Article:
Scottish Crucible. Round 2.

Round 2. Ding Ding.

The 2017 Scottish Crucible’s second lab was graciously hosted by Stirling University on June 1-2 and it rocked the campus. Literally. There was a blue man. A dinosaur. Drawing. Dancing. Sumptuous vistas. Oh yeah, there was a pretty nice castle too!

It began with this view.

Lab 2 was hosted by the irrepressible and commanding Sara Shinton. Honestly, sometimes the participants needed direction as they learnt the ins and outs of ‘brainstorming.’

(Or, as some of us called it: ‘thought-showering.’) No surprise, the phrase didn’t stick.

The thrust of Lab 2 was collaboration. We were enveloped in a cozy bubble, as Sara rightly put it.

How to work together! How to build lasting research partnerships to influence positive change! How to cut across fields and disciplines! The guest speakers were inspiring.

Being a drug historian, I have some thoughts about the tweet below but I’ll keep them to myself.

Chalk this up to aggressive dancing!

Day 2 included further in-depth training on how to develop and drive collaboration.

To start off with, we needed to draw out our research. No easy task.

However, there were other appearances.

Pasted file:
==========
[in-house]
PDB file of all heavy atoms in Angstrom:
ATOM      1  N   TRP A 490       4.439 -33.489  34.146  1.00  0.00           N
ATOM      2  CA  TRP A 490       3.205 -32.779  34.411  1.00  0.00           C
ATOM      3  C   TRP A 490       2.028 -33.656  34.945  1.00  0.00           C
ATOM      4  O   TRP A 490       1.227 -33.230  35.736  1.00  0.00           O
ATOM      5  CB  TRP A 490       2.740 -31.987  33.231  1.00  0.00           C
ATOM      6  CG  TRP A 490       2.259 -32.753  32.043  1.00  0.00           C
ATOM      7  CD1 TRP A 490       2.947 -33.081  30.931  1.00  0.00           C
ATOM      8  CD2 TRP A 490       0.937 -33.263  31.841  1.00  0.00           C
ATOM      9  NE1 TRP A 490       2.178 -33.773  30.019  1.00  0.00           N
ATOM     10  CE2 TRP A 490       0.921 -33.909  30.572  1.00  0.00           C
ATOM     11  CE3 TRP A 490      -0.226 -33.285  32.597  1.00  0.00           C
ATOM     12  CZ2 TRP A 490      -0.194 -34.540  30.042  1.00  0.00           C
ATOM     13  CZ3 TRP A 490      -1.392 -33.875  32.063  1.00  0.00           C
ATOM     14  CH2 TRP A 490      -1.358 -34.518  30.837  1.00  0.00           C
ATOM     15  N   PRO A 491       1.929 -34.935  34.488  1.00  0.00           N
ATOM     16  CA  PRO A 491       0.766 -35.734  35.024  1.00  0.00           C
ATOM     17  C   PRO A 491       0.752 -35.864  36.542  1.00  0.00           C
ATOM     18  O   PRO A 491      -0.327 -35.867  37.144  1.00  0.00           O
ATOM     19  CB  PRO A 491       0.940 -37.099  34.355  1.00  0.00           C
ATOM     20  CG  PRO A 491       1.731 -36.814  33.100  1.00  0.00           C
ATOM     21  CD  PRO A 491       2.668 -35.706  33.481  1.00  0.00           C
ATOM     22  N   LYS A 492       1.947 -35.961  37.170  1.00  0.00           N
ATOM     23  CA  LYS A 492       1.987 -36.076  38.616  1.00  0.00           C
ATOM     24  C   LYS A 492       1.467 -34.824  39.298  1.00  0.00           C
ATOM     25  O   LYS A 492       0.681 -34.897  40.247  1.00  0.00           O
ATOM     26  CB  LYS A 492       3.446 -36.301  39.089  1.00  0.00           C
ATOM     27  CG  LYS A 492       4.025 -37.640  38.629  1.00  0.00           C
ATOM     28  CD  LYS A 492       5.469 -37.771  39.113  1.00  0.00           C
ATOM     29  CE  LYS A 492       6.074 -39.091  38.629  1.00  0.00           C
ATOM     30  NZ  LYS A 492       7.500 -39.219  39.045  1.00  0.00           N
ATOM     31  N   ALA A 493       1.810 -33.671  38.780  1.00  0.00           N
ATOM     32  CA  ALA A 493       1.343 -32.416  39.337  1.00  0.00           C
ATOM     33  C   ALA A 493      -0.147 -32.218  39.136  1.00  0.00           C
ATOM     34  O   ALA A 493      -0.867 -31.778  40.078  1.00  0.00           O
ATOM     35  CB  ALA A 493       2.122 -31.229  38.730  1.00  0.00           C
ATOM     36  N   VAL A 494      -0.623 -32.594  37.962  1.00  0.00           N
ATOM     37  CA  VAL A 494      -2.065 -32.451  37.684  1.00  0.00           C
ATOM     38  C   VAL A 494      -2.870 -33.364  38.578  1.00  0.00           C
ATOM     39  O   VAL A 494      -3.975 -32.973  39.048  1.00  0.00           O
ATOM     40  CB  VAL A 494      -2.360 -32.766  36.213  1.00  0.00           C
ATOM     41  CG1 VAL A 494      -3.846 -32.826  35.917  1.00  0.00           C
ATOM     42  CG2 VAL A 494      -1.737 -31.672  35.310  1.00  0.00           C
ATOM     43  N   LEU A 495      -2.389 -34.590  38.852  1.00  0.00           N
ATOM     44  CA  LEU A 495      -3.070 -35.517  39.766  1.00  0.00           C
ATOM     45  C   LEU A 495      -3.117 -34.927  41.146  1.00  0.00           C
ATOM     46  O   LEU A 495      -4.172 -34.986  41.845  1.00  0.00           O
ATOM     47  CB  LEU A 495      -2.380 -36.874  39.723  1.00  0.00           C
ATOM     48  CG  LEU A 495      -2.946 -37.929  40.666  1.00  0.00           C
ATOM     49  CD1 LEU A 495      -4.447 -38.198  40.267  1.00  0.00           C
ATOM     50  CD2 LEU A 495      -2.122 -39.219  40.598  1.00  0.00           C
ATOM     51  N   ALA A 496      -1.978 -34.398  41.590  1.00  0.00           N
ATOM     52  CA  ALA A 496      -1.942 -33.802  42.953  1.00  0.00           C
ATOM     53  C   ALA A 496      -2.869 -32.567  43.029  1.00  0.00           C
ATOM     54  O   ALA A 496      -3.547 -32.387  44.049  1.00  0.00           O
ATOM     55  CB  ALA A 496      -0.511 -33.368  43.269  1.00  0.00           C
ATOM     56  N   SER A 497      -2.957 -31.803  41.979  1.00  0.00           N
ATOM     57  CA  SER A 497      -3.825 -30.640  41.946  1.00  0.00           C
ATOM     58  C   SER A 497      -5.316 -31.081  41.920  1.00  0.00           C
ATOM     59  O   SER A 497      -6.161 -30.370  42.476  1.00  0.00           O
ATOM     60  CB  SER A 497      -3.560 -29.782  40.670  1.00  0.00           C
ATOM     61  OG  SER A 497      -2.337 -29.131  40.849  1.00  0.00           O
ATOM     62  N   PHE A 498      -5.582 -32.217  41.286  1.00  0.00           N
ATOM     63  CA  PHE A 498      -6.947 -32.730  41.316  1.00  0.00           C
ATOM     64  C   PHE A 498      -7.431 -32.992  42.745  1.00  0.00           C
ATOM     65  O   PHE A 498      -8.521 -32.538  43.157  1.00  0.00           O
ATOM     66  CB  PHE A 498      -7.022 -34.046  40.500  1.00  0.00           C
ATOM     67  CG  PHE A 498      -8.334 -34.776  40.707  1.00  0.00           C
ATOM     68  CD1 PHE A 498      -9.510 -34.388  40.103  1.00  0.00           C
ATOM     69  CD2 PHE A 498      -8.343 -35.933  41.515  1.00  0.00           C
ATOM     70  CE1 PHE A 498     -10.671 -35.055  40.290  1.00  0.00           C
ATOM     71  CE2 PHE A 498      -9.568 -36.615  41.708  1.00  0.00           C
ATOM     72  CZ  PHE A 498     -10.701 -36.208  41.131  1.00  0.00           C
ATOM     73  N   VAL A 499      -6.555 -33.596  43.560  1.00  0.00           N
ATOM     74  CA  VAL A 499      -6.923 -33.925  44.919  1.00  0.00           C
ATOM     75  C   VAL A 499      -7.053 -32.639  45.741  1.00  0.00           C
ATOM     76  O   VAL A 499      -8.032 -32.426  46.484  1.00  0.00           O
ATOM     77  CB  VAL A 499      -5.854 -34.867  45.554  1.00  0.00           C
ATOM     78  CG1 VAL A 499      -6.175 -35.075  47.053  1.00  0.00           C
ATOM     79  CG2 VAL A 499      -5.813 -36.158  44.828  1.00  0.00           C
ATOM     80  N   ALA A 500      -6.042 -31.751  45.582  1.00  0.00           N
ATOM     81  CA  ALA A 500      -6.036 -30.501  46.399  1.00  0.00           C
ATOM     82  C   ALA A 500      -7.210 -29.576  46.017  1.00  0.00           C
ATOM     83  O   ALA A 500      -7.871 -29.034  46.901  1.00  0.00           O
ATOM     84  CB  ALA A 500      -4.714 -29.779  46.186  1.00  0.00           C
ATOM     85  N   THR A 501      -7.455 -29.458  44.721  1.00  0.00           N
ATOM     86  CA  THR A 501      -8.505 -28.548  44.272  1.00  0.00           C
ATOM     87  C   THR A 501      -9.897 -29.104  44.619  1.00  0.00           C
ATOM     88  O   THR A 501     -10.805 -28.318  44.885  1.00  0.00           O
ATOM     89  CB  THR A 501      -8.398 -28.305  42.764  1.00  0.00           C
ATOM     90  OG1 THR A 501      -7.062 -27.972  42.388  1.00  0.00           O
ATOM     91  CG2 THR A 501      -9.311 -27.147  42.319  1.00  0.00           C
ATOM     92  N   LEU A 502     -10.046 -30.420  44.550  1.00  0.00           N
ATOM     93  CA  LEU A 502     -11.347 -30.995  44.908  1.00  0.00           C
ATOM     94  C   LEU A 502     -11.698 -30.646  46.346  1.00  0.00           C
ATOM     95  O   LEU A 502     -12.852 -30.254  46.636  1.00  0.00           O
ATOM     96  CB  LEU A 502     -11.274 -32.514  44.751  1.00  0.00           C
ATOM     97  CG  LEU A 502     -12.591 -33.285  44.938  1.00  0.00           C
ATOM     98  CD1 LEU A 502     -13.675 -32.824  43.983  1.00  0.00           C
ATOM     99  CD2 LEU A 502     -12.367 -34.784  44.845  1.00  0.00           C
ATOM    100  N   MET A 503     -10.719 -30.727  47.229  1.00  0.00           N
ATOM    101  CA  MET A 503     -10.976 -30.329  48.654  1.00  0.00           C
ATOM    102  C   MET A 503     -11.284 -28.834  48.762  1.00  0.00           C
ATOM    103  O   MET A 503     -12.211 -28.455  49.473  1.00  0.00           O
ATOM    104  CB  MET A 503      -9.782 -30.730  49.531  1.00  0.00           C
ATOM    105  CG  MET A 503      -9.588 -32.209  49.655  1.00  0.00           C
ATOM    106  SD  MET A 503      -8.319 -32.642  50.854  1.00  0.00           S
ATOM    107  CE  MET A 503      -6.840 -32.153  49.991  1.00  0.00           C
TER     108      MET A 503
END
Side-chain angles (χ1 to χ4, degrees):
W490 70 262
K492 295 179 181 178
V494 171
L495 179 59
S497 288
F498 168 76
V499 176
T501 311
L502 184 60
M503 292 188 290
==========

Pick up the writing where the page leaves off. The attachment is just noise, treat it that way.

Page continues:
For instance, a creepily self-satisfied Dragon…

An introspective blue dude…

DEFRA

But. But. But.

In my estimation, the most exhausting and rewarding moment of the weekend was…speed collaboration. Think speed dating, on steroids. (I am a drug historian).

The experience was supremely enjoyable. Also: Tiring. Amazing. Harrowing. Enriching. All of these. At the same time.

Minds were spinning.

Ding Ding. Bring on Round 3.

See the previous post on the Lab 1 here.

Or visit the Scottish Crucible here.

**

 

Perpetuating the myths

An excellent post about science and comic books.

The Renaissance Mathematicus

Since the re-emergence of science in Europe in the High Middle Ages down to the present the relationship between science and religion has been a very complex and multifaceted one that cannot be reduced to a simple formula or a handful of clichés. Many of the practitioners, who produced that science, were themselves active servants of their respective churches and many of their colleagues, whilst not clerics, were devoted believers and deeply religious. On they other had there were those within the various church communities, who were deeply suspicious of or even openly hostile to the newly won scientific knowledge that they saw as a threat to their beliefs. Over the centuries positions changed constantly and oft radically and any historian, who wishes to investigate and understand that relationship at any particular time or in any given period needs to tread very carefully and above all not to approach their…

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